Written by Julia A. Seymour
As U.S. car manufacturer 'stuns' Wall Street with 3Q profits, some media forget to report Ford didn't take government cash.
Business & Media Institute
Ford Motor Company took everyone by "surprise" Nov. 2, when it announced nearly a billion dollars in profit for the third quarter of 2009. The company also said it would be "solidly profitable" by 2011.
CNN repeated the announcement on Nov. 3 "American Morning," saying, "Turning now to the Big Three in Detroit, Chrysler extends its buyout offer to more than 20,000 employees while General Motors is still trying to restructure spending billions of bailout dollars, but Ford - which didn't take any cash from Uncle Sam - is back in the green again, posting a profit of nearly $1 billion for the third quarter."
The announcement was big news, but what should have caught more journalists' attention was the fact that Ford managed to turn things around without the help of a federal bailout - the very bailout reporters promoted in 2008 and 2009.
Yet, several shows including all three networks' morning programs, CBS "Evening News," CNN's "Anderson Cooper 360," and MSNBC News Live all left out that crucial piece of information Nov. 2.
But that Nov. 2 report, the "Evening News" found room to include union complaints against Ford, quoting UAW's Gary Walkowicz: "I think people are angry and fed up with concessions. We've dealt with concessions year after year for the last five years. I people - think people got to the point of saying, 'Enough is enough that's it.'"
One year ago, the network news media avidly supported a federal bailout for the Big Three U.S. auto companies and ignored union responsibility for lack of competitiveness.
"GM may not make it without help, and others may have to merge," declared "Nightly News" anchor Brian Williams in November 2008. "If just one of the Big Three were to fail, an estimated two and a half million jobs might be lost."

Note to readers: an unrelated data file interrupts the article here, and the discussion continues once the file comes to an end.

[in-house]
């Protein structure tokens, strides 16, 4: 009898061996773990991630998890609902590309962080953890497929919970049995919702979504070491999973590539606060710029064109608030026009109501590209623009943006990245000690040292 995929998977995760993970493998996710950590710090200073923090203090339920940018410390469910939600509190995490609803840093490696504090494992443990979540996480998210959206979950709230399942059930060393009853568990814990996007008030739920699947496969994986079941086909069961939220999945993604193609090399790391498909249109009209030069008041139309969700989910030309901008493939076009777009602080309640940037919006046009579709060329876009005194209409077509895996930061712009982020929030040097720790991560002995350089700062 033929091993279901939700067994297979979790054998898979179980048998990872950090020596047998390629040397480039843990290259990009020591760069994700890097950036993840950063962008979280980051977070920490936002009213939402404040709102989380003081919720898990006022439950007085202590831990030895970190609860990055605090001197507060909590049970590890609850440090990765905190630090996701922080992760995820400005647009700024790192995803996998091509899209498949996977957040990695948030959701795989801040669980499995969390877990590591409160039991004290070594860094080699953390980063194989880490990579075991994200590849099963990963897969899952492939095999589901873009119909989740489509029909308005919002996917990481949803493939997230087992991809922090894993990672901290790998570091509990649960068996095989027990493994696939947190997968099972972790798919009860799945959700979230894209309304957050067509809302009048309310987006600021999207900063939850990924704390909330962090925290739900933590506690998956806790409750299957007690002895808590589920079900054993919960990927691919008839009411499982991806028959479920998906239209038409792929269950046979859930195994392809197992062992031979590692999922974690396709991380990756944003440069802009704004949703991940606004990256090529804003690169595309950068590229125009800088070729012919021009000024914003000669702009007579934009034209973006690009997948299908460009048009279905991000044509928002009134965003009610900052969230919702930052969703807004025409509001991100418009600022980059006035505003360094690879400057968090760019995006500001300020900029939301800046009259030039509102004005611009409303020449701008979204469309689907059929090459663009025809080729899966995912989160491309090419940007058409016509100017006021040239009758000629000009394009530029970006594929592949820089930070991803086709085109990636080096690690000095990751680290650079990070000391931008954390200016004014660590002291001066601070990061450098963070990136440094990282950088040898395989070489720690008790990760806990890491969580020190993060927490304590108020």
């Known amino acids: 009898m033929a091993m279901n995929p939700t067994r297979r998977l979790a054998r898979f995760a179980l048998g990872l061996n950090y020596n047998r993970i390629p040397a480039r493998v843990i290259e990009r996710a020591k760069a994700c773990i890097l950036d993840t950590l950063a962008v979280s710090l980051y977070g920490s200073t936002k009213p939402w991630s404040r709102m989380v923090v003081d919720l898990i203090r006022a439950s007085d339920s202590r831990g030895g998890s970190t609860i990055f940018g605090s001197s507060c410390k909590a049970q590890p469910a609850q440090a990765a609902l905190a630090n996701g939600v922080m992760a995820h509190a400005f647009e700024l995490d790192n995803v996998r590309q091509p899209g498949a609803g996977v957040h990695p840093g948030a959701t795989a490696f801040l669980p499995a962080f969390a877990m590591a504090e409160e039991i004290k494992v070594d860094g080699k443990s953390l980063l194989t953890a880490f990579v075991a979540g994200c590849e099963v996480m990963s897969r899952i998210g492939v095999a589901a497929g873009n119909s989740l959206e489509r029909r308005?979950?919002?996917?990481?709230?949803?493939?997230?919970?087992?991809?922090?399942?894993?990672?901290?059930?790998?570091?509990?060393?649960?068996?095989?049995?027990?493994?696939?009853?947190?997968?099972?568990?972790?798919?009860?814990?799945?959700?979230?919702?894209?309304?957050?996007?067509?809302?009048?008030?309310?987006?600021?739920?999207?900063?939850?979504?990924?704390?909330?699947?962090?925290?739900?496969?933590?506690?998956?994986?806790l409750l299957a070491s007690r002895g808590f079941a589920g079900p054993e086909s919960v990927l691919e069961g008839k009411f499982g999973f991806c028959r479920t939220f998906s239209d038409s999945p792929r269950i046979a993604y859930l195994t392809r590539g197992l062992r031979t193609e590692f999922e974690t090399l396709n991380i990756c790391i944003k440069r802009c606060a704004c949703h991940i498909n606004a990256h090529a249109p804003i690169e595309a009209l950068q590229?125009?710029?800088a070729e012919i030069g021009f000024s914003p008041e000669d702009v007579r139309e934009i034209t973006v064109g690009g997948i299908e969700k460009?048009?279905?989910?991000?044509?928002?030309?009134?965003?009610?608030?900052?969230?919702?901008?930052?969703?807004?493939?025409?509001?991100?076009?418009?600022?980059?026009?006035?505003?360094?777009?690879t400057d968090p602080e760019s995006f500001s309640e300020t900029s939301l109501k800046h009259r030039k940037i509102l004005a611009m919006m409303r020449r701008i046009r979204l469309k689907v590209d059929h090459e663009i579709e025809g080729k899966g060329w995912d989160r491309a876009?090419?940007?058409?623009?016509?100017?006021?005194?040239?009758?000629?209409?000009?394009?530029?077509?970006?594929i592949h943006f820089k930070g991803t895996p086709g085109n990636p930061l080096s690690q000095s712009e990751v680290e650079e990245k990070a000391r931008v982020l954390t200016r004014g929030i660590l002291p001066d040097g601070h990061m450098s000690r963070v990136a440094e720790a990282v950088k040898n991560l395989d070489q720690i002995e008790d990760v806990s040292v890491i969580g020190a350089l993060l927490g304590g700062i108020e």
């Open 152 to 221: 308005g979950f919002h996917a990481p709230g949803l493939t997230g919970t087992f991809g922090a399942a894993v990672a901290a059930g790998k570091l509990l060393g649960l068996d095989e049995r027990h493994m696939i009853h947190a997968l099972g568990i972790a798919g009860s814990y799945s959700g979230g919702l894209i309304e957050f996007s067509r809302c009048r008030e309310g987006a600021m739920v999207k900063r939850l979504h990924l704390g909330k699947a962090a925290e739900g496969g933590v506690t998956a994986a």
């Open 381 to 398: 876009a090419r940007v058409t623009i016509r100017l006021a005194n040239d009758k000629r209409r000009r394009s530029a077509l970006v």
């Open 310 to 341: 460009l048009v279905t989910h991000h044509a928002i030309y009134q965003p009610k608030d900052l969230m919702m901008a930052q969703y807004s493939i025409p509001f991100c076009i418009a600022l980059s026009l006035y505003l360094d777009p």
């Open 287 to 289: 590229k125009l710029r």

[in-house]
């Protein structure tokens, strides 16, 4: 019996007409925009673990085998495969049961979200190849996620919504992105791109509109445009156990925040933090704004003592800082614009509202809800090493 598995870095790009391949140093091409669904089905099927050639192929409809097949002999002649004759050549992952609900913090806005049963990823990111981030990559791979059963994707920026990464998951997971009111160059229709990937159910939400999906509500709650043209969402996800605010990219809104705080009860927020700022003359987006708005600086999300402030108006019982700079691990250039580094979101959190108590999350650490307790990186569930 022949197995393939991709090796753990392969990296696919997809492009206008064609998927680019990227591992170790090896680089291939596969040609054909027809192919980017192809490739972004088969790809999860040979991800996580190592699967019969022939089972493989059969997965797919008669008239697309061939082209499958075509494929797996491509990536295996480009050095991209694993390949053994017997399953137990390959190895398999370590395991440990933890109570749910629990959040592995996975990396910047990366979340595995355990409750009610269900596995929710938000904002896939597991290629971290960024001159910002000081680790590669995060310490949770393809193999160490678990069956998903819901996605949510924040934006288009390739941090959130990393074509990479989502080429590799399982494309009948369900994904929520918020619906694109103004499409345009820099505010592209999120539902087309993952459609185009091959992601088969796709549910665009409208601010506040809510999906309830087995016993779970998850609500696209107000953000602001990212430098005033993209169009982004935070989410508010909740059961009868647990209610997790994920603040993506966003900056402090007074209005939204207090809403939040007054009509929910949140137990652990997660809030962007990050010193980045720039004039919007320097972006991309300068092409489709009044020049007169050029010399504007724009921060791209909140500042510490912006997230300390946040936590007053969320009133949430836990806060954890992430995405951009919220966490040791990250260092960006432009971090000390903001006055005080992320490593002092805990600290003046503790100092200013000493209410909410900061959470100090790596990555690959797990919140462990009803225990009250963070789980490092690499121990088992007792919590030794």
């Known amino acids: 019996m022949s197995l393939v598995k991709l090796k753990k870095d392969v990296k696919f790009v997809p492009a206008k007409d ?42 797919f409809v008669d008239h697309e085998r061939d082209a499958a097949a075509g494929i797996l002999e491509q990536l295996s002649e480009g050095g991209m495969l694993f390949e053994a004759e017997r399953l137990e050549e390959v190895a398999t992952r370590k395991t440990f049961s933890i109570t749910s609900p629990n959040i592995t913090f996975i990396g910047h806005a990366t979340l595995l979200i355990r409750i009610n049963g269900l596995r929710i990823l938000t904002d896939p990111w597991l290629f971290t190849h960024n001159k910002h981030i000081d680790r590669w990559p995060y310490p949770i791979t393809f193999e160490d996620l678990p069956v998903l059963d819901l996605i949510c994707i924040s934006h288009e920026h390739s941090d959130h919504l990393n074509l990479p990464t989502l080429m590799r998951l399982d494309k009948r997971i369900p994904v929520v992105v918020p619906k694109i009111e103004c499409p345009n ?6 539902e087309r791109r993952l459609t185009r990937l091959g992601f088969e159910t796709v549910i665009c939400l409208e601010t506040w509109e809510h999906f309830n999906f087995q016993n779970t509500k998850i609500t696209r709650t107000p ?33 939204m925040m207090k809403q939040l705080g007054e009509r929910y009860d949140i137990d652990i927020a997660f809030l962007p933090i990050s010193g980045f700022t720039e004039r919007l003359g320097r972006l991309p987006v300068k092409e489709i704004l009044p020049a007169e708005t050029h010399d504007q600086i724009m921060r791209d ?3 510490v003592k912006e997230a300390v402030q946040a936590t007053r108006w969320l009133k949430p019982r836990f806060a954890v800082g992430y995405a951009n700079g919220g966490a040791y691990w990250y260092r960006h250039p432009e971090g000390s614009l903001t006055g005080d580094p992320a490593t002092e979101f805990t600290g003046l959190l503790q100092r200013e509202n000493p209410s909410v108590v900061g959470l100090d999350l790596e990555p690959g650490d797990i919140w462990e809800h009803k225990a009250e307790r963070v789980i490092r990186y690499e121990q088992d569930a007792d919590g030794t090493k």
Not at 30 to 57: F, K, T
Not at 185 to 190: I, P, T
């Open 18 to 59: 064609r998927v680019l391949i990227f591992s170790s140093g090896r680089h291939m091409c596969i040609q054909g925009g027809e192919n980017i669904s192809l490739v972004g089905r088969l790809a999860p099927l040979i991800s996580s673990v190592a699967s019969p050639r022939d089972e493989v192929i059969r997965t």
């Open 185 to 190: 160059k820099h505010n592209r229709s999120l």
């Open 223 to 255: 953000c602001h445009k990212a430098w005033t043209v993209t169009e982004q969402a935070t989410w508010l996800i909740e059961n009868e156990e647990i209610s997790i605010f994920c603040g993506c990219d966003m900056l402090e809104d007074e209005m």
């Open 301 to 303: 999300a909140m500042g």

ABC correspondent Chris Bury suggested on Nov. 11, 2008 that it was a matter of fairness, after all, the banks had already been bailed out: "After riding to Wall Street's rescue can the government just say no to American automakers that are bleeding cash by the billions."
Between Nov. 1 and Nov. 18, 2008 the morning and evening shows of ABC, CBS and NBC aired 31 stories with a pro-bailout tone, which was almost three times as many positive stories as balanced stories - only 12. Only one story, on ABC's "Good Morning America," presented an overall anti-bailout tone.
According to Reuters, GM and Chrysler received "roughly $64 billion in direct aid" from the government. Since then both companies have struggled. Chrysler saw sales fall 30 percent in October 2009, while GM saw a slight "bump" in sales of 4.7 percent the same month.
The media promotion of an auto bailout did not reflect public opinion. Back then 49 percent of Americans were opposed to an auto industry bailout and 47 percent were in favor, according to Gallup.
But according to Rick Newman, chief business correspondent for U.S. News and World Report, anti-bailout sentiment might have been exactly what helped Ford rise to profitability.